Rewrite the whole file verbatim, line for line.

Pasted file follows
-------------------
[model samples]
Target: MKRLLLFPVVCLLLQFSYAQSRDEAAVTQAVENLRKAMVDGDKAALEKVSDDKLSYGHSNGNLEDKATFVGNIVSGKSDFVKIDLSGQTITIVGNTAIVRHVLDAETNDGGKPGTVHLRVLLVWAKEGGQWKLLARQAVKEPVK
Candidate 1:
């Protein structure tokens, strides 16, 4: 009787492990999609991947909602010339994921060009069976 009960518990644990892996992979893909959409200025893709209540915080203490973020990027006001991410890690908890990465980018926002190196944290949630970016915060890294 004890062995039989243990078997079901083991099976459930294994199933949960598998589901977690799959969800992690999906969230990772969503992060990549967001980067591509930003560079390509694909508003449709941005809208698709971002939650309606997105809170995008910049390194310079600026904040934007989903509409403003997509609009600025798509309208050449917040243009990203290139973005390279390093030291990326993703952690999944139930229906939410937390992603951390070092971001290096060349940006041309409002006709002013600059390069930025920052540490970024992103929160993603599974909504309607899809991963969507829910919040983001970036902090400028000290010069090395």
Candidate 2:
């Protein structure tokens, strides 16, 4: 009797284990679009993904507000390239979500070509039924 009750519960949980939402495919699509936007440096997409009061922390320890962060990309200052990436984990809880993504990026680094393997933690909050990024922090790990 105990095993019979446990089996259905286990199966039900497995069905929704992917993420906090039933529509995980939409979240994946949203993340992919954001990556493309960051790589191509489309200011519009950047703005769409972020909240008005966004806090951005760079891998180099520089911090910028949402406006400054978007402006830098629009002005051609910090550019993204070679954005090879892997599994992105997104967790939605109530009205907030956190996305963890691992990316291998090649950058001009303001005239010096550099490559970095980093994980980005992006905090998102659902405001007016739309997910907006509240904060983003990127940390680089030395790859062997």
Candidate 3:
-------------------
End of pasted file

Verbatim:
[model samples]
Target: MKRLLLFPVVCLLLQFSYAQSRDEAAVTQAVENLRKAMVDGDKAALEKVSDDKLSYGHSNGNLEDKATFVGNIVSGKSDFVKIDLSGQTITIVGNTAIVRHVLDAETNDGGKPGTVHLRVLLVWAKEGGQWKLLARQAVKEPVK
Candidate 1:
């Protein structure tokens, strides 16, 4: 009787492990999609991947909602010339994921060009069976 009960518990644990892996992979893909959409200025893709209540915080203490973020990027006001991410890690908890990465980018926002190196944290949630970016915060890294 004890062995039989243990078997079901083991099976459930294994199933949960598998589901977690799959969800992690999906969230990772969503992060990549967001980067591509930003560079390509694909508003449709941005809208698709971002939650309606997105809170995008910049390194310079600026904040934007989903509409403003997509609009600025798509309208050449917040243009990203290139973005390279390093030291990326993703952690999944139930229906939410937390992603951390070092971001290096060349940006041309409002006709002013600059390069930025920052540490970024992103929160993603599974909504309607899809991963969507829910919040983001970036902090400028000290010069090395």
Candidate 2:
């Protein structure tokens, strides 16, 4: 009797284990679009993904507000390239979500070509039924 009750519960949980939402495919699509936007440096997409009061922390320890962060990309200052990436984990809880993504990026680094393997933690909050990024922090790990 105990095993019979446990089996259905286990199966039900497995069905929704992917993420906090039933529509995980939409979240994946949203993340992919954001990556493309960051790589191509489309200011519009950047703005769409972020909240008005966004806090951005760079891998180099520089911090910028949402406006400054978007402006830098629009002005051609910090550019993204070679954005090879892997599994992105997104967790939605109530009205907030956190996305963890691992990316291998090649950058001009303001005239010096550099490559970095980093994980980005992006905090998102659902405001007016739309997910907006509240904060983003990127940390680089030395790859062997």
Candidate 3: